Let's also take responsibility for inviting others to experience the love and forgiveness of God that's found in the Gospel. Evangelization should be an act of love; an introduction of someone we care about to Someone who cares about us beyond measure.
Yes, I'm off with Sherry to Omaha. I'd appreciate your prayers, as I'm desperately trying to fight off a cold. Yesterday, however, an interviewer training was cancelled in Maryland that I was to give, so after some creative ticketing by Sybil, our bookkeeper / travel agent extraordinaire, I'll have a full day and two half-days in Colorado Springs after Omaha to recuperate.
Thanks to everyone for your prayers for my father. He's home, receiving dialysis three days a week, and is getting more confident walking with a walker. He and mom have in-home help for about five hours, five days a week, which has been a great blessing.
Fr. Mike and I are Omaha-bound to put on the first half of Making Disciples. Gone till Sunday night.
Then home for a week. The focus (once I've put the finished touches on a few up-coming presentations: Writing content for the Institute's new website which is scheduled to debut October 26.
Our old one is stunningly, 11 years old now. (Which is 246 years old in cyber-years.) It is elegantly designed but very, very difficult to change, and we needed something more flexible and interactive and something that reflects all that the Institute has been involved in and become over the last 11 years,.
The other focus will be planting bulbs: irises, daffs, tulips. 450 of em.
Daffs in the wildflower bed (which we mow every year after frost has laid the flowers low). They will bloom before the wildflowers wake up and the flowers will cover up their dying foliage.
I'm naturalizing irises in groups alone the fence line. Take 9 or 13 or 15 bulbs and just toss them in the general area you want to plant and plant em where they fall. Tulips around the waterfall area.
That's the plan. We'll see how it goes. It's hard work but once it is done, they'll multiply and grow and come back year after year with almost no maintenance. Like everything else in the garden. The vast majority of the work is up front.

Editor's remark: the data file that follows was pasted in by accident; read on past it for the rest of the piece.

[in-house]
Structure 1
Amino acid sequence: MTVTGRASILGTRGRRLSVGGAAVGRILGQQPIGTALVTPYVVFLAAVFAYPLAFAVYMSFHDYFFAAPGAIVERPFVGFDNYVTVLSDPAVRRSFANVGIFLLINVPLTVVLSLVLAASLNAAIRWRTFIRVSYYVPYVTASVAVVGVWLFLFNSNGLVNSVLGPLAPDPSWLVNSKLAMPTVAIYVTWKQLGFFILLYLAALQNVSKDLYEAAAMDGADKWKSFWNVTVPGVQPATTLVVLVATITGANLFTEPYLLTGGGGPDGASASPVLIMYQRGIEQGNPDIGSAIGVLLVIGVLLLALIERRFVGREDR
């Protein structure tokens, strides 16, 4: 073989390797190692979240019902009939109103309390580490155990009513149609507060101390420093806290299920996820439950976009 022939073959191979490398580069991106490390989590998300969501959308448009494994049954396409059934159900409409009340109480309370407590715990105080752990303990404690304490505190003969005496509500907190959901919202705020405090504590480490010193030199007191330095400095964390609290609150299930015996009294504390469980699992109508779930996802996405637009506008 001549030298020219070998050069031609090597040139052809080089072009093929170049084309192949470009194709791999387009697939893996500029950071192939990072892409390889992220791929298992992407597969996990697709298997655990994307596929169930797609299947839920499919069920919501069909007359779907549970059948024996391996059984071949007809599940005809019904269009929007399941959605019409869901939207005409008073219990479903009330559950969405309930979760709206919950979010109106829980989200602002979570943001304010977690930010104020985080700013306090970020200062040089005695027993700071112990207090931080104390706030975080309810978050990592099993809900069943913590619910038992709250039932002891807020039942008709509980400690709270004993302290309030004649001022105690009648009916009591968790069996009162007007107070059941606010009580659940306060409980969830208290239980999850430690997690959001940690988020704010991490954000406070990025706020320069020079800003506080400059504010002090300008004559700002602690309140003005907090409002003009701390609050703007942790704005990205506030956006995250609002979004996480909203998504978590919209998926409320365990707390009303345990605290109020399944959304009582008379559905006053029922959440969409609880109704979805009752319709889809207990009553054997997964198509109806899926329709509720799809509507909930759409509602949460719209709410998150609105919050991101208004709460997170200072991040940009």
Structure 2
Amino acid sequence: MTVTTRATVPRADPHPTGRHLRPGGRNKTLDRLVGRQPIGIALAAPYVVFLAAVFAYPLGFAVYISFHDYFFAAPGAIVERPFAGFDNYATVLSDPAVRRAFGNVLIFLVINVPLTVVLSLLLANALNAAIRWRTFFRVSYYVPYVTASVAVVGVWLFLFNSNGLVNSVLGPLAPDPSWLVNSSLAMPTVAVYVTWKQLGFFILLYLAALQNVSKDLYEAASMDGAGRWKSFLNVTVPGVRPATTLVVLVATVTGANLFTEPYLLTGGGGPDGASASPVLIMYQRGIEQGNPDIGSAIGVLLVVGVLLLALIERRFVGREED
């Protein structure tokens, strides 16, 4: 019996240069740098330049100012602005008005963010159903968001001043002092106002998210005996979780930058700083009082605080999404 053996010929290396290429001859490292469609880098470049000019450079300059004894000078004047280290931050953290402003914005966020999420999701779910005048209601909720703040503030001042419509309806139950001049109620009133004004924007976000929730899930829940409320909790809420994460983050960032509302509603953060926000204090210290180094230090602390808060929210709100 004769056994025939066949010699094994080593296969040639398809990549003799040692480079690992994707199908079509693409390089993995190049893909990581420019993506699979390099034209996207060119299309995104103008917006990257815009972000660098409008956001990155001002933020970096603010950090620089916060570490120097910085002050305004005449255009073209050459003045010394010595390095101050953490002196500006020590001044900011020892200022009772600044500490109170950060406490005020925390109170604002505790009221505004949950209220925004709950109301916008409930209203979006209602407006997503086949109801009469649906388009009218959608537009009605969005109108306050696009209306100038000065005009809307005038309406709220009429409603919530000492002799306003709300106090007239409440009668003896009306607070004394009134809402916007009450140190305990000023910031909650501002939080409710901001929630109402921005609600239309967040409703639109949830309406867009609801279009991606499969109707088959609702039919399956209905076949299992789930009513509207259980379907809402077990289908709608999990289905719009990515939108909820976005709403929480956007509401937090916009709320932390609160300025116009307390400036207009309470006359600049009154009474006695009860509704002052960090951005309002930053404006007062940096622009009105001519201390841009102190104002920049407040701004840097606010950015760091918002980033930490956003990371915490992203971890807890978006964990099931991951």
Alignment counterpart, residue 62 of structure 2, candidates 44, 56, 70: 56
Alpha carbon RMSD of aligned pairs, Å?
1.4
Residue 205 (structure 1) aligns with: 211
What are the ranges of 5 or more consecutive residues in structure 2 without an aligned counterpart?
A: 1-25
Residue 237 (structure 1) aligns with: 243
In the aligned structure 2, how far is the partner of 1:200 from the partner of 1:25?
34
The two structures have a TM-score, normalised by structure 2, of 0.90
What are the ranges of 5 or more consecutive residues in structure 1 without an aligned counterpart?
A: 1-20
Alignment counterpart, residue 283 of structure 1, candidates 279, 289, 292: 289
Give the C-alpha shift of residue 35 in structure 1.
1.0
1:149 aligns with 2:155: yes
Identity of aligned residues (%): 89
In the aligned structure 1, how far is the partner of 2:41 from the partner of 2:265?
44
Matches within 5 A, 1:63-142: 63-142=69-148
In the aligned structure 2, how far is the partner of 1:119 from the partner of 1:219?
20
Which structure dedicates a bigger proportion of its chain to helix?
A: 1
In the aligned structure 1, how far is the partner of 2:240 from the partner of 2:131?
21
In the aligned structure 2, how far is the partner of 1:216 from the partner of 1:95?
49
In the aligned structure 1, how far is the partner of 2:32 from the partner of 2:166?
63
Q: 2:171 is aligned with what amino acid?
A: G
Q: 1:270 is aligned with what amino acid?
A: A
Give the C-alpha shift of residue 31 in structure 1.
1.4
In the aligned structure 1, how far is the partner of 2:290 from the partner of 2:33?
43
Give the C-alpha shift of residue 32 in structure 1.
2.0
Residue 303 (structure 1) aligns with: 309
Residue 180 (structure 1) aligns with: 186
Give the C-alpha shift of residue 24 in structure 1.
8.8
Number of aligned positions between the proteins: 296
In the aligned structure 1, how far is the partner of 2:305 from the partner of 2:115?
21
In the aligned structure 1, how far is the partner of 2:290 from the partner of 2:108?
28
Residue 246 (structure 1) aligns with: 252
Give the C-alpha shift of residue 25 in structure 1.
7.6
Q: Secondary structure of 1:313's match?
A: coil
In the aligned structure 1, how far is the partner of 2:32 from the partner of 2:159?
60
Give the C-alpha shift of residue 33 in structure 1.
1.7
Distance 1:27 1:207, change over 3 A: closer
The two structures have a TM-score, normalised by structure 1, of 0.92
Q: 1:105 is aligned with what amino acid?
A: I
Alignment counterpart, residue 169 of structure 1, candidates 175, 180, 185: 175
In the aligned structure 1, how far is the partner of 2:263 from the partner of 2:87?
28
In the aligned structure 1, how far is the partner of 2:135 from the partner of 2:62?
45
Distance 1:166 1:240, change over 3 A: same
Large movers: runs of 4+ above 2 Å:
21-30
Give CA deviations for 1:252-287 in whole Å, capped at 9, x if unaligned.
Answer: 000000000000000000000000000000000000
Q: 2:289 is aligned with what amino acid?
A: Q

Yesterday, I noticed that Mark Shea had a post up about an example of one Orthodox blogger and apologist who utterly rejected the value of anything Catholic and a number of outstanding saints such as St. Francis and Teresa of Avila. Mark went on to say that he had encountered a very similar "testosterone-driven" attitude among some Catholic apologists and didn't know how representative of Orthodox teaching and thought this particular blogger was.
I knew it was a case for my go-to guy for all things Orthodox: Fr. Gregory Jensen of Koinonia and so I asked Fr. Gregory to join in the conversation if he had time. Fr. Gregory responded with a beautiful note that I wanted to share with you in case you hadn't seen it over at Mark's.
Just a thought before you read Fr. Gregory's response.
As I have posted here before, many post-modern people have a hard time thinking of themselves as sinners in the sense that Christians have historically understood that term and many Catholics are concerned that people lack that sense of personal sin.
But I suspect that Fr. Gregory (who is a psychologist) is talking about a existential knowledge of our own brokenness that goes far, far deeper than a theological or catechetical concept. Post-moderns are not likely to use the term "sin" to name it until they have had a deep encounter with Christ but most of us know, feel the fear, anger, lack of peace and love, the ego-centrism, the lack of freedom within. The things we do that we do not want to do and how often we do not do what we know to be good. Which is why the Orthodox understand the ascetic struggle against sin to be at the heart of the spiritual life.